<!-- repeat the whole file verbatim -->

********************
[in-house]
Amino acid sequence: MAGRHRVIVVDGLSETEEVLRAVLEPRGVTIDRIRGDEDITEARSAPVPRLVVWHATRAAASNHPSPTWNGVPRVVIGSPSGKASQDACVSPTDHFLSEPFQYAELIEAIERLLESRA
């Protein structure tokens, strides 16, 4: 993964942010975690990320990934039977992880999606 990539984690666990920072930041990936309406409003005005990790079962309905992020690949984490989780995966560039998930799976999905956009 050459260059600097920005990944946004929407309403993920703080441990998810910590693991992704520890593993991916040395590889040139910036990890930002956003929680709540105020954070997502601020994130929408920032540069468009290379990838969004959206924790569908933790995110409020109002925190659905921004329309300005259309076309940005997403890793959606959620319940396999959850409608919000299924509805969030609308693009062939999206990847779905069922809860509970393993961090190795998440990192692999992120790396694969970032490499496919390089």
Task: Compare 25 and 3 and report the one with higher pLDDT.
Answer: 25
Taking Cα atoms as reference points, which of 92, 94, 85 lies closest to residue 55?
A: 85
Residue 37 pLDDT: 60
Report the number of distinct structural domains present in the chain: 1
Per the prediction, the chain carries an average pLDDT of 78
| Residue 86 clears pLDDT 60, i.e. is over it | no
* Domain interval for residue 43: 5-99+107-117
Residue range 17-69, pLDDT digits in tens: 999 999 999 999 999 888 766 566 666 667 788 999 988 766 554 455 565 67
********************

[in-house]
Amino acid sequence: MAGRHRVIVVDGLSETEEVLRAVLEPRGVTIDRIRGDEDITEARSAPVPRLVVWHATRAAASNHPSPTWNGVPRVVIGSPSGKASQDACVSPTDHFLSEPFQYAELIEAIERLLESRA
């Protein structure tokens, strides 16, 4: 993964942010975690990320990934039977992880999606 990539984690666990920072930041990936309406409003005005990790079962309905992020690949984490989780995966560039998930799976999905956009 050459260059600097920005990944946004929407309403993920703080441990998810910590693991992704520890593993991916040395590889040139910036990890930002956003929680709540105020954070997502601020994130929408920032540069468009290379990838969004959206924790569908933790995110409020109002925190659905921004329309300005259309076309940005997403890793959606959620319940396999959850409608919000299924509805969030609308693009062939999206990847779905069922809860509970393993961090190795998440990192692999992120790396694969970032490499496919390089």
Task: Compare 25 and 3 and report the one with higher pLDDT.
Answer: 25
Taking Cα atoms as reference points, which of 92, 94, 85 lies closest to residue 55?
A: 85
Residue 37 pLDDT: 60
Report the number of distinct structural domains present in the chain: 1
Per the prediction, the chain carries an average pLDDT of 78
| Residue 86 clears pLDDT 60, i.e. is over it | no
* Domain interval for residue 43: 5-99+107-117
Residue range 17-69, pLDDT digits in tens: 999 999 999 999 999 888 766 566 666 667 788 999 988 766 554 455 565 67